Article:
I have the Honor to be, &c. &c. &c.


The letter to Admiral Lord St Vincent, Commander in Chief, Channel Fleet read:

Plymouth-Sound,October 22, 1800.


I Have the Honor to transmit, for your Lordship's Information, a List of Vessels destroyed, captured, and recaptured during the late Cruize of His Majesty's Ship under my Command:

Deux Amis - Spanish Letter of Marque, Four Guns and Twentyseven Men, from Vera Cruz to St Andero, burnt in the Harbour of St. Vincent;

captured El Beloz - Spanish Packet, Four Guns and Thirty Men from the Havannah to Corunna
La Rose - French Schooner, from Bourdeaux to Guadaloupe  and
La Magicienne French Schooner, from Senegal to Bourdeaux.
recaptured the Dick Guineaman,
slave ship of Liverpool, taken by the Grand Decide Privateer,
at this Time the Fifgard was in Sight, who, I apprehend, captured the latter about Two Hours after.

I have the Honor to be, Sec. &c. &c.

Things continued in this vein for HMS Clyde and her crew until the 27th March 1802, when the Treaty of Amiens was signed ending the war. In June of 1802, Captain Cunningham was replaced in command of HMS Clyde by Captain John Larmour. Captain Cunningham was laid off on half pay until he was appointed Commodore in HMS Leopard (50) on the resumption of war later in 1803. He was also appointed to the Victualling Board and in 1806, became Resident Commissioner, overseeing operations at the Royal Dockyards at Woolwich and Deptford. He retired in 1834 as Resident Commissioner at the Chatham Royal Dockyard and died in 1834.

Captain John Larmour's previous appointment had been in command of the 24pdr-armed 40-gun Heavy Frigate HMS Endymion. HMS Clyde was assigned to the North Sea and remained there until she paid off at the Woolwich Royal Dockyard in 1804.

HMS Clyde was a large, fir-built ship which was not designed for a long service life. In the eight years since the ship had been launched, she had been at sea in the Bay of Biscay and English Channel for virtually all that time and the ship's hul and frames were worn out. Despite this, the Royal Navy was still desperately short of modern frigates and ships like HMS Clyde were worth their weight in gold. On the 10th February 1805, HMS Clyde was hauled up a slipway at Woolwich and was carefully taken to pieces. Every piece of timber was inspected and if any defects were found, the timbers were replaced with new. On 20th February 1806, after being completely rebuilt, HMS Clyde was re-launched from her slipway into the River Thames. The ship recommissioned for the North Sea under Captain Edward William Campbell Rich-Owen.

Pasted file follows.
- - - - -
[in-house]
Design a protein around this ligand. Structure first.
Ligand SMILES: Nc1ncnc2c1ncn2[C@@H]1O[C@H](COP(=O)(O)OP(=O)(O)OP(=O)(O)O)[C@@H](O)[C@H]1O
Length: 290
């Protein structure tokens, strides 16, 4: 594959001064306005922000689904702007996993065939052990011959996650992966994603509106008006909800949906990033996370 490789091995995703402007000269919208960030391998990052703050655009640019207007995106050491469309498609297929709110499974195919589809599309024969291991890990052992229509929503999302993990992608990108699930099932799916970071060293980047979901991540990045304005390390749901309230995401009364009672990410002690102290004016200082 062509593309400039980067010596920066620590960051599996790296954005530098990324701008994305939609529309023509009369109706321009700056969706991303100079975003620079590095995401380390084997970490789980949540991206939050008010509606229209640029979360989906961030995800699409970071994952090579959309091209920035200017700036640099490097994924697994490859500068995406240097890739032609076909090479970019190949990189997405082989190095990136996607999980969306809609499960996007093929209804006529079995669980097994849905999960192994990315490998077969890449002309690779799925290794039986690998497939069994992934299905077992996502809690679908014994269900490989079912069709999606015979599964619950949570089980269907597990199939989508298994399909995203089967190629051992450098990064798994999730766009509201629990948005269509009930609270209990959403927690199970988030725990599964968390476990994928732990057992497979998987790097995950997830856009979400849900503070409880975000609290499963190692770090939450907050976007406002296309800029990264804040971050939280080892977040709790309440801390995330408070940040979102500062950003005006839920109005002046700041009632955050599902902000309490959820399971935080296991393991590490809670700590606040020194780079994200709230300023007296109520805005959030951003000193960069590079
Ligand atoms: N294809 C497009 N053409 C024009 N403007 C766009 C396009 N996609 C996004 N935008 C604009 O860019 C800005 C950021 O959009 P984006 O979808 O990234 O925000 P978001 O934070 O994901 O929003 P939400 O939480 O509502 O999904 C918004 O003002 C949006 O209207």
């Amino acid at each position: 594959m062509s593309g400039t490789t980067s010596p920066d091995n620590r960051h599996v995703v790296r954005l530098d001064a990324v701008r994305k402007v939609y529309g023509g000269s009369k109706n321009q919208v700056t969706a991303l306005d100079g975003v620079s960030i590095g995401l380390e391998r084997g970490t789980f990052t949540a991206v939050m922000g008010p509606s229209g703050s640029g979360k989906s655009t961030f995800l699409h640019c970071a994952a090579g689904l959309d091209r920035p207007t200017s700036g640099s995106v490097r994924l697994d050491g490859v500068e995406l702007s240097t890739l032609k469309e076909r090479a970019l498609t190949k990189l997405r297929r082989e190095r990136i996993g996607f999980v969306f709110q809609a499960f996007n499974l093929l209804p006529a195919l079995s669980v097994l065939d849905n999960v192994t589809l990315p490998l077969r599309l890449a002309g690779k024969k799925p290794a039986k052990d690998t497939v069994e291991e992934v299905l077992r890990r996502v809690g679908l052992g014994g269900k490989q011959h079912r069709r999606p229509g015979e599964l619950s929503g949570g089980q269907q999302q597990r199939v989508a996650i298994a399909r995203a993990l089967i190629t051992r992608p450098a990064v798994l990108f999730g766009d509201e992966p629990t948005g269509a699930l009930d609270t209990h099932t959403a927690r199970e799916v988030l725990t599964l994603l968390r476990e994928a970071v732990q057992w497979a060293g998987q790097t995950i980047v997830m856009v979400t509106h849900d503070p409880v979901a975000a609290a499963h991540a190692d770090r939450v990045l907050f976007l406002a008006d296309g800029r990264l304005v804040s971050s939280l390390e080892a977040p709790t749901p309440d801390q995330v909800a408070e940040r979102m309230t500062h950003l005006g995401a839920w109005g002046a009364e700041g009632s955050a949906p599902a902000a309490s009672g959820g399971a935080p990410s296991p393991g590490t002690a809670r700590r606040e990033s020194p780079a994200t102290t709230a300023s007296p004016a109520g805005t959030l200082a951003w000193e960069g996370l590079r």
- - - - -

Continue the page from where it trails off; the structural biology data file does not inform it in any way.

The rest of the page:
By 1808, the British were aware that the French were intending to use the great port of Antwerp at the mouth of the River Scheldt as a naval base. The French had occupied what is now The Netherlands and Belgium and the Emperor Napoleon Bonaparte had installed his younger brother Louis as King of Holland. He had forced Louis to cede to France the port of Flushing as the harbour at Antwerp was not deep enough to accomodate a fully loaded French 80-gun Ship of the Line. This gave the French mastery of the entire mouth of the Scheldt and the natural harbour this provides could hold a fleet of 20 ships of the line in perfect safety. By 1809, the French had already stationed a fleet of ten 74-gun ships in the Scheldt. In addition to this, the various shipyards at Antwerp had a total of 19 slipways, all of which were being used for the construction of ships for the French navy. Of particular concern for the British was the fact that six 80-gun ships, each of which had the equivalent firepower to a British 98-gun Second Rate ship and three 74-gun ships were at various stages of construction at Antwerp. Since 1805, the French had been turning the port of Antwep into a naval depot and had spent some 66 million francs on extending the fortifications, basin, dockyard and arsenal there.

In the spring of 1809, the British had decided to do something about this new threat and had begun to prepare a massive amphibious expedition to destroy the arsenal, dockyard, fortifications and enemy ships at Antwerp, Flushing and Terneuse. If possible, they were also to render the Scheldt impassable for large ships. In order to achieve this, the British planned to occupy the islands of Cadzand, Walcheren and Zuid-Beveland. They spent the early summer of 1809 gathering an immense invasion fleet at the Downs, the great fleet anchorage between Deal and the Goodwin Sands. The fleet comprised no less than 39 ships of the line, three 44-gun two-decked ships, 23 frigates including HMS Clyde, a post-ship, 31 sloops-of-war, five bomb-vessels, 23 gun-brigs and 120 hired armed cutters, revenue cutters, tenders and gun-boats. In addition to 245 warships of various sizes, there were 400 transport vessels carrying 44,000 soldiers including some 3,000 cavalry troops, 15,000 horses, two complete seige trains with heavy artillery and mortars as well as lighter field artillery.